Brazilian footballer Neymar Jr, full name, Neymar Da Silva Santos Júnior, has won a trade mark dispute concerning his own name in the European Courts. The judgment confirms that the word mark “NEYMAR” which was registered by a Mr Carlos Moreira as a trade mark in 2012, was filed in bad faith and accordingly, declared invalid.


In 2012, Mr Moreira filed his application for the word mark “NEYMAR” at the European Union Intellectual Property Office. It was duly registered in April 2013, in class 25 in respect of product in clothing, footwear and headgear.

In 2016, Neymar applied for a declaration of invalidity in respect of Mr Moreira’s word mark, on the grounds that it had been registered in bad faith.

Article 52(1)(b) of the Regulation No 207/2009 provides that an EU trade mark must be declared invalid if the applicant acted in bad faith when filing the application for registration of that trade mark.

Bad faith is not a simple concept to pin down and is determined on a case-by-case basis. The Court (First Chamber) did however provide guidance in Chocoladefabriken Lindt & Sprüngli AG v Franz Hauswirth GmbH, Case C-529-07 at [54], where it was ruled that in order for a Court to determine whether an applicant has acted in bad faith when registering the mark, all relevant factors specific to that particular case which pertained at the time of filing the application. The intention of the applicant was a particularly important factor.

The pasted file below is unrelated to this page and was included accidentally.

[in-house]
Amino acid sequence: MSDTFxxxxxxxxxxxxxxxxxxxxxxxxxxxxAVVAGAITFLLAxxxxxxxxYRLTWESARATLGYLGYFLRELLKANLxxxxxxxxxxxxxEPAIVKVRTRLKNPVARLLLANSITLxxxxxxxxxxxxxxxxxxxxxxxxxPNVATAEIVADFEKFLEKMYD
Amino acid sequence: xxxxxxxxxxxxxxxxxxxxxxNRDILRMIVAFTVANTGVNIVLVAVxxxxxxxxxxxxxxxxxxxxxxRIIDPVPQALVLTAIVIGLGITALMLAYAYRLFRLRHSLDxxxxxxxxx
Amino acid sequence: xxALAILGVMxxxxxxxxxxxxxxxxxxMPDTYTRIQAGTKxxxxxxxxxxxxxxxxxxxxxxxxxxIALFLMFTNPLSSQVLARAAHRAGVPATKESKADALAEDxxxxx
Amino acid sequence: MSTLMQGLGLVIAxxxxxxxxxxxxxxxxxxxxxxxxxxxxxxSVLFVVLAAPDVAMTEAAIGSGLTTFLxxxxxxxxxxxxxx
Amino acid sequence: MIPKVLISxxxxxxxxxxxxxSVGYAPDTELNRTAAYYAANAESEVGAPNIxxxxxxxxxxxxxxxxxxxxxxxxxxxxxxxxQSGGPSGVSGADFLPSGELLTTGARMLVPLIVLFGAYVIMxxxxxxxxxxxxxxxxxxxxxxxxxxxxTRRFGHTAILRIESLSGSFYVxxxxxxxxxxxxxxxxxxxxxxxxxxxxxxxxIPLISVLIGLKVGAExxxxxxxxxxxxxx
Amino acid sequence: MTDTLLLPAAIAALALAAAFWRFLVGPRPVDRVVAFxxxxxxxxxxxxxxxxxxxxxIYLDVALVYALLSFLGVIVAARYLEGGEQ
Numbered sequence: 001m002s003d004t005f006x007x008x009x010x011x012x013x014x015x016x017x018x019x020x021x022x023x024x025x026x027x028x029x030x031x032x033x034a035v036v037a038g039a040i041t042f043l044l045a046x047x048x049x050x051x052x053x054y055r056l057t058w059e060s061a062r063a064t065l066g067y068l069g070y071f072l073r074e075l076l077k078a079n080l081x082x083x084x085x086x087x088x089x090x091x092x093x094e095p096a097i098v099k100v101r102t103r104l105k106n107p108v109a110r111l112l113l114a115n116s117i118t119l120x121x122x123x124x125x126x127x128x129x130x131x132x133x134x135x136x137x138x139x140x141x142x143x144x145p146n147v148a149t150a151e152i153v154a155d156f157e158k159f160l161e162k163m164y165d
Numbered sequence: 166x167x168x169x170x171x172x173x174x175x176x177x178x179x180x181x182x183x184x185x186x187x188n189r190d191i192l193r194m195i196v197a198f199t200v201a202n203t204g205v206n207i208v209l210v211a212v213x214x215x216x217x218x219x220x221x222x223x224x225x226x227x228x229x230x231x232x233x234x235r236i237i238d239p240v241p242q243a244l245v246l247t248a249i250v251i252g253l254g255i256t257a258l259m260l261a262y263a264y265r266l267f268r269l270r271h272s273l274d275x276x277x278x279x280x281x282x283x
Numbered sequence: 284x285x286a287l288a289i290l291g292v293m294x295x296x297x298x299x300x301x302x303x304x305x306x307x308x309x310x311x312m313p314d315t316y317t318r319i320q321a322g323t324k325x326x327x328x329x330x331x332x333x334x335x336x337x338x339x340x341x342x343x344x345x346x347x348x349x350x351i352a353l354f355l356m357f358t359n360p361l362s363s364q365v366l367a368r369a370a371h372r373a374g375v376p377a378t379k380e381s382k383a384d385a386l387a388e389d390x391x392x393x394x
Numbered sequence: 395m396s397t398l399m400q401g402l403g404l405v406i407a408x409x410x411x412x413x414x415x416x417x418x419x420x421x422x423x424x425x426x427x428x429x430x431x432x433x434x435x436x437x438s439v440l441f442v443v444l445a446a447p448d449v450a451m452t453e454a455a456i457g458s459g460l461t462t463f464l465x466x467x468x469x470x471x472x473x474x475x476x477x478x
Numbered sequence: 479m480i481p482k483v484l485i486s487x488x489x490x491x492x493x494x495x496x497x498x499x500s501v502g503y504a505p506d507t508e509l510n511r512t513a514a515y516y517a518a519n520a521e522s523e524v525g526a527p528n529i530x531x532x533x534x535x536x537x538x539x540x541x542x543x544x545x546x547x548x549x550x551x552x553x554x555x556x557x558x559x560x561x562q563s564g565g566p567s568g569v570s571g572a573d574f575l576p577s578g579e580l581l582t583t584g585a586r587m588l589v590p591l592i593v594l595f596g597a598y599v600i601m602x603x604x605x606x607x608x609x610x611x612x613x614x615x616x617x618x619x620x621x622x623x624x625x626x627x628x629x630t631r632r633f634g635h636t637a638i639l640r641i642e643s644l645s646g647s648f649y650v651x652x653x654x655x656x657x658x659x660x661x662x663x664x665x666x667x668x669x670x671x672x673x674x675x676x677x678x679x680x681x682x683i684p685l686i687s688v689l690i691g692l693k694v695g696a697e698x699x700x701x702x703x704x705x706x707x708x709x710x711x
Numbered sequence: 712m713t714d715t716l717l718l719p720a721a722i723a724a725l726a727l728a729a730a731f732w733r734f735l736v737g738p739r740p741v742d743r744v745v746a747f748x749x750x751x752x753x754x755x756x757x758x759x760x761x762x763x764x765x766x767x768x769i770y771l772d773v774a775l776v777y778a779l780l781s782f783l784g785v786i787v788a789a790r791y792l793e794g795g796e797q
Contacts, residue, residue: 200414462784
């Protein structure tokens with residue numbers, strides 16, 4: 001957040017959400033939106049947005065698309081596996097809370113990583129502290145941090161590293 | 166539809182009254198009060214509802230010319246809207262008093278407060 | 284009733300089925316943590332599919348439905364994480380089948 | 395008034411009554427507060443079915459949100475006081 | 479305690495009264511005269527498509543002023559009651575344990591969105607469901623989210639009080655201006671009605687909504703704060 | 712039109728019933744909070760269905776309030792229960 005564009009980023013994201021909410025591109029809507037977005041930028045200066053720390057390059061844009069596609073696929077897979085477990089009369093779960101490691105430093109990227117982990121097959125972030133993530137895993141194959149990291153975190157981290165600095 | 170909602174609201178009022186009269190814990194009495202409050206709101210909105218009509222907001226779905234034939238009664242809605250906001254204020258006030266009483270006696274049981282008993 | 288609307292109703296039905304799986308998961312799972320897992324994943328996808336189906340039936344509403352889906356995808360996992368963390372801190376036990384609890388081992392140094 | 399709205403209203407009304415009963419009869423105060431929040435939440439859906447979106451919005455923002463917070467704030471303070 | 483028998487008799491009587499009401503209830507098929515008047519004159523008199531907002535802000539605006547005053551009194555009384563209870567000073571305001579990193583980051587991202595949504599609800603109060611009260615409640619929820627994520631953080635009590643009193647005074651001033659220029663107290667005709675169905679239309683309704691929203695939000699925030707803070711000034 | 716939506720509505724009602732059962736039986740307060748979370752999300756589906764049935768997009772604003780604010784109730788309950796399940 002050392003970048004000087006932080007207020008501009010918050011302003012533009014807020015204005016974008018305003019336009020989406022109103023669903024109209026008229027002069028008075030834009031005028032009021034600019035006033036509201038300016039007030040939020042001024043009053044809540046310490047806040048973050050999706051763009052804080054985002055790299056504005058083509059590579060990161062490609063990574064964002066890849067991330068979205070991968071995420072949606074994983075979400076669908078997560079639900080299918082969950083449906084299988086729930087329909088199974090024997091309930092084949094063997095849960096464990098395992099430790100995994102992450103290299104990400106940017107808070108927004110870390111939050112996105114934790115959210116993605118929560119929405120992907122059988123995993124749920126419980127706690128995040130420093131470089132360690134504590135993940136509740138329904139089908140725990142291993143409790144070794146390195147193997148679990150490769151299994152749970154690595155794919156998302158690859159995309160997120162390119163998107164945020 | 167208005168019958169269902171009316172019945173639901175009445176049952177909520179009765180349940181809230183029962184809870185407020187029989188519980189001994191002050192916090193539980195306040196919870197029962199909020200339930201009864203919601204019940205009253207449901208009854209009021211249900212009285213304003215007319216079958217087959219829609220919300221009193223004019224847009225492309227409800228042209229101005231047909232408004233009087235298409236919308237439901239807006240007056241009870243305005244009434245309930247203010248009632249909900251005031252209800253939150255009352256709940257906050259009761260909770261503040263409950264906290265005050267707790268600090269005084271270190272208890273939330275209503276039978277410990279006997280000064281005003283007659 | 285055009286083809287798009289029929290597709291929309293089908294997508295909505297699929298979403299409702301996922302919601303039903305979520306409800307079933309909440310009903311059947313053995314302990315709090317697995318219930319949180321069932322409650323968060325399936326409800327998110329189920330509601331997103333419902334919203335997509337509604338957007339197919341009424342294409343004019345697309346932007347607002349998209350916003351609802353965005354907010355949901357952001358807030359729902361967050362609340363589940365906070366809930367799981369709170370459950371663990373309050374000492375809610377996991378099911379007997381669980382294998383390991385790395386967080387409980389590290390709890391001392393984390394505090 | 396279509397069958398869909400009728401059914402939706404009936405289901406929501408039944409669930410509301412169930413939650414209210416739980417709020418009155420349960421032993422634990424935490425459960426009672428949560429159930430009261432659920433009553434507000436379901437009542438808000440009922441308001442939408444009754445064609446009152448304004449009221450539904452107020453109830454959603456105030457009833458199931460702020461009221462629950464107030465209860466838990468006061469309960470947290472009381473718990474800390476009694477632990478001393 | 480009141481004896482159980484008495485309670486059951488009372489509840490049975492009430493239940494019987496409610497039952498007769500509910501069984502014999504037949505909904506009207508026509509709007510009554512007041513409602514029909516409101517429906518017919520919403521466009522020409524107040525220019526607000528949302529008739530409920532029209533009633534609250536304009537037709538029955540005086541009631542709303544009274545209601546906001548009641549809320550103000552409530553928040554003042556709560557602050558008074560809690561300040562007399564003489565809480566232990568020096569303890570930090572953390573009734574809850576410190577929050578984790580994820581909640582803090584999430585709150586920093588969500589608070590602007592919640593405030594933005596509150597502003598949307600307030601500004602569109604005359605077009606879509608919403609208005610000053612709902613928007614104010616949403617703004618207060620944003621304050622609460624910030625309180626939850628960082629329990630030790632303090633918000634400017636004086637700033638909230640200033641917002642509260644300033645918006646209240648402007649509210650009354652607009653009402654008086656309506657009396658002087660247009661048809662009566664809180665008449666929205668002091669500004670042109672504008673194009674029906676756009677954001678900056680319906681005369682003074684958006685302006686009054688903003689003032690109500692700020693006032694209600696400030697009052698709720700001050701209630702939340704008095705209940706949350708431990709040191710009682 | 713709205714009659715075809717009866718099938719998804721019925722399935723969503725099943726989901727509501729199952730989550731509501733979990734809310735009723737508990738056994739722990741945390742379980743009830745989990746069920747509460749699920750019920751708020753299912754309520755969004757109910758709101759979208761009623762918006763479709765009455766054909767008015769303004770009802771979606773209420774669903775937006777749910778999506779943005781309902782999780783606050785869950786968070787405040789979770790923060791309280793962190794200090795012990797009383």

The EUIPO’s Cancellation Division ultimately decided that Mr Moreira had registered the word mark in bad faith in an attempt to take ownership of the footballer’s well-known name and to profiteer from its renown.


Mr Moreira disagreed with the decision of the Cancellation Division and appealed to the EU General Court. Although he accepted that he had heard of Neymar, he stated that the footballer was not well known in Europe.

Mr Moreira further denied that this registration of the mark was for the purpose of exploiting Neymar’s renowned status, instead claiming that he chose to register “NEYMAR”, as he liked the phonetic sound and that any link to the footballer was purely coincidental.


Mr Moreira’s argument that the Brazilian footballer was not well-known in 2012 argument is notably flawed and was rejected by the Court.

Neymar, as at 2012, although with Santos Futebol Club in Campeonata Brasiliero Serie A was widely recognised and being touted as prodigal talent attracting interest from France, Spain and the United Kingdom.

Neymar was also a member of Brazil’s 2012 London Olympic Football team and had at that point made 25 appearances for his national team.

The CJEU agreed noting that ‘[Neymar] was a very talented football who already had global standing in the world of football’ at [50].

Mr Moreira’s attempt to claim he had little knowledge of the footballing world was also brought into question, as he had on the same date as filing for “NEYMAR”, filed an application for the word mark “IKER CASILLAS”, who was at that point the captain of Real Madrid and World Cup winning goal keeper.


Accordingly, the CJEU found that the Mr Moreira had dishonest intention at the time of registration and had registered the word mark maliciously. The CJEU therefore upheld the declaration of invalidity of the word mark “NEYMAR”.